Sandy Rios

The reason Sarah Palin resigned her post as Governor of Alaska is really no mystery. And yet we must make it one. A person can never be taken at her word. What did she mean by a “higher calling?” She’s looking for a way to make money. It must be a huge book deal. But wait, she already has a book deal.

She must be getting a talk show on FOX … but FOX has said there is nothing in the works. Then NBC? Maybe taking Katie Couric’s place on CBS? Now that’s a great idea. Or maybe there’s a grand … secret … strategy to take the White House in 2012. It’s a brilliant strategy. It’s a ridiculous strategy. It’s risky … it’s smart. There has to be more to this. What’s the angle? How can we read further between the lines? What’s in this for her?

She is a coward … a quitter. She’s crazy like a fox. She is laying the groundwork for a new political movement. If she can’t take the heat, she should get out of the kitchen—and on it goes, from both sides, ad nauseam.

But maybe there is a logical explanation after all with no mystery involved. Governor Sarah Palin said the following: She is a no-frills governor who wants to get the job done. All the investigations launched, which by the way, have been proven false and have cost the Alaskan taxpayers over two million dollars to respond to the flood of accusations and FOIA requests. Today, most of her time and her staff’s time is spent responding to the constant barrage of criticism and attacks—and the work for the people of Alaska is being neglected.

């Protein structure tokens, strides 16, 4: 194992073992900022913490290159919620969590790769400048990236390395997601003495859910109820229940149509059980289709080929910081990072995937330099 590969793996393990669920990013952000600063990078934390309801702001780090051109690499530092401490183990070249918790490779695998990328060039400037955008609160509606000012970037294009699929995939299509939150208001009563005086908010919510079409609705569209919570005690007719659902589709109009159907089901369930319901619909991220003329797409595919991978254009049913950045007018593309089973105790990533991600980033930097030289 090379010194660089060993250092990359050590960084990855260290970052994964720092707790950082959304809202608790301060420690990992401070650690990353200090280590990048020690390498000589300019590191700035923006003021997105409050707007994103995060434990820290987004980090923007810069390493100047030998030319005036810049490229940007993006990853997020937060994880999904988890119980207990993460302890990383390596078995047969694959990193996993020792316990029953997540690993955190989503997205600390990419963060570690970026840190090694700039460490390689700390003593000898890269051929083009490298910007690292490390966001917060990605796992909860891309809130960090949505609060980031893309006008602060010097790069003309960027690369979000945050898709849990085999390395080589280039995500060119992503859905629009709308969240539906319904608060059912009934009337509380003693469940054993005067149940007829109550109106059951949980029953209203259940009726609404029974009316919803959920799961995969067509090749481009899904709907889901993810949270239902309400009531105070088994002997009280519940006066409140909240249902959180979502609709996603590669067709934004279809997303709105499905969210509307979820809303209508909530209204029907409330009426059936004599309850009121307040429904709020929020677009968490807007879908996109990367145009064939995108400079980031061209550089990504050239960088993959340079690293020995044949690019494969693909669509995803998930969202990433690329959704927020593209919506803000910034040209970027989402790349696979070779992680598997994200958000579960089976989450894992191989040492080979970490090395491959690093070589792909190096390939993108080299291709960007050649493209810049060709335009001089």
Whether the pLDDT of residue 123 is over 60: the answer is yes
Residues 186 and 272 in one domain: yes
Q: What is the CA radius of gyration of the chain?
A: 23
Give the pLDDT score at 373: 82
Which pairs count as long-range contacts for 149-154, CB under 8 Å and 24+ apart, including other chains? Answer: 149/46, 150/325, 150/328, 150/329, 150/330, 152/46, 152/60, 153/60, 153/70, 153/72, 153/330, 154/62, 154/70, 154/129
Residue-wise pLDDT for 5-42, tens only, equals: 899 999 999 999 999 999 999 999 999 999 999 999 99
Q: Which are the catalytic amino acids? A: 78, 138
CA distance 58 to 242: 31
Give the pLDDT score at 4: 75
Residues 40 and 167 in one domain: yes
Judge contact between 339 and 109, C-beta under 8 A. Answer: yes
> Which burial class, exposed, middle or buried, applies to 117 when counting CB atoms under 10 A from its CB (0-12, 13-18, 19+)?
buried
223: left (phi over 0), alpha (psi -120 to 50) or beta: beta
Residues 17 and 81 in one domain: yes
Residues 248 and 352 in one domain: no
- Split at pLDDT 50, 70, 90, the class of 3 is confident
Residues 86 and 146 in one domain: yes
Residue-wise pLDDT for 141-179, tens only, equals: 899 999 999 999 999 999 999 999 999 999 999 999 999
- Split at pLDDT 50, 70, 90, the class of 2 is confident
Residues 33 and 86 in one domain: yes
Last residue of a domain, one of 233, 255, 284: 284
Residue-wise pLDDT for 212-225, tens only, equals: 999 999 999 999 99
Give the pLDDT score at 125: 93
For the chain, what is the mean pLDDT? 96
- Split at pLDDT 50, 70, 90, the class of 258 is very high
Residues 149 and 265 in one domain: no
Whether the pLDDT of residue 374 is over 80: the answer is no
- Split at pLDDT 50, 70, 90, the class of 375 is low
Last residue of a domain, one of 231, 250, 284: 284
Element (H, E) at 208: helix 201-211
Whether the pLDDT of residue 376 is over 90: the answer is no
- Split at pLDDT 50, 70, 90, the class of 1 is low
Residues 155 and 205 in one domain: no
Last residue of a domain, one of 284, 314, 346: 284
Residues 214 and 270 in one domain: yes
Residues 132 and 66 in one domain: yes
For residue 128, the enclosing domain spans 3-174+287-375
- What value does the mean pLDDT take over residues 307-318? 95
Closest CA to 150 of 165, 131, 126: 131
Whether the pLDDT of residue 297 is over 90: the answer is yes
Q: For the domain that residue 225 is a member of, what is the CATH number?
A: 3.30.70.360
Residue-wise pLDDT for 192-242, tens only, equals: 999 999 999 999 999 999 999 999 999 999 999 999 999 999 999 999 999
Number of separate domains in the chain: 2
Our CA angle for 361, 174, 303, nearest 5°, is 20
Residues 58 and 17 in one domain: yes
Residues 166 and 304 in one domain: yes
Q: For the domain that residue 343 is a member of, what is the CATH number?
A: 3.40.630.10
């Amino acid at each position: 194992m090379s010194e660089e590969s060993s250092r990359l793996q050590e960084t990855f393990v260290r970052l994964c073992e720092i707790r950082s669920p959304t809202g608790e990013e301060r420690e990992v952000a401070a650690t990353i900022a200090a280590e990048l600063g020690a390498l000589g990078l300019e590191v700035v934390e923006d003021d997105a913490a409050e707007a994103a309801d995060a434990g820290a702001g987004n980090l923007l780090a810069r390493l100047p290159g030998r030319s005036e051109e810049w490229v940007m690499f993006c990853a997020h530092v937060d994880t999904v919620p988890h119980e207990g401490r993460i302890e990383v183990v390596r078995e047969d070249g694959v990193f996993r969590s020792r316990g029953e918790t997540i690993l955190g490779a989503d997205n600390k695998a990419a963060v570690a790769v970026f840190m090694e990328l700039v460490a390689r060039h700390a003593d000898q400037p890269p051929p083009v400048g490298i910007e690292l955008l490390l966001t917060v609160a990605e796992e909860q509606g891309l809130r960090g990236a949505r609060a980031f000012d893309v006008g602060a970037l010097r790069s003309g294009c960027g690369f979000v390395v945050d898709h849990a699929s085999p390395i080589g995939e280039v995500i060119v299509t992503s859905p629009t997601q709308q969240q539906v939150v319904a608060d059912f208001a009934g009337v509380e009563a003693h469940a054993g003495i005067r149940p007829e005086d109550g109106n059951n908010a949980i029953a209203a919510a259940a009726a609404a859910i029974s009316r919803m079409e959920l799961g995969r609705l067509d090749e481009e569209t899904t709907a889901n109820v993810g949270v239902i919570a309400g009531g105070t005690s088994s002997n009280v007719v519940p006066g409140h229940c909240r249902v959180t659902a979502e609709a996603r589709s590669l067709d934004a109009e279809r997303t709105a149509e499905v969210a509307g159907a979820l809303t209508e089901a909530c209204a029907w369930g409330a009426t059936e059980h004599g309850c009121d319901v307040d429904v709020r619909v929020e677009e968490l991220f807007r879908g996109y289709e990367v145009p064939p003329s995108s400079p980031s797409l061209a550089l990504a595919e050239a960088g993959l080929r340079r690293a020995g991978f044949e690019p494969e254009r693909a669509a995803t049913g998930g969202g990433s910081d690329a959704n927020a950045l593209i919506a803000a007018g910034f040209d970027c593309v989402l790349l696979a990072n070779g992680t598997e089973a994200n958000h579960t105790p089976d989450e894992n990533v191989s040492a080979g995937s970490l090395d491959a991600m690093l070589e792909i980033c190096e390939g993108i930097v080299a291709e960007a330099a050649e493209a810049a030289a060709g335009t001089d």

Based on that alone, she is “passing the ball,” as the good basketball guard she once was, so that the “team,” the conservative movement can win. She wants to keep her focus on what really matters, help the people of Alaska continue on a path of good government, and stop facilitating the time and life-takers of the left.

She said it was difficult. She said it was painful. That doesn’t sound like someone who wants to “quit.” She said her recent visit to the troops was the clincher, referencing their sacrifice and reiterating the theme of remembering what really matters. She was alluding to her own need to step down when she personally didn’t want to, I believe, feeling it was her duty as a statesman and as a duly elected servant of the people of Alaska.

But the higher calling? I don’t think it’s a book deal or a talk show or a new political movement. I believe it’s the heart of a mother who can’t bear to see her children brutalized by a cannibalizing, angry opposition.

Sandy Rios

Sandy Rios is Vice President of Family Pac Federal, a FOX News Contributor and host of Sandy Rios in the Morning on AFR Talk.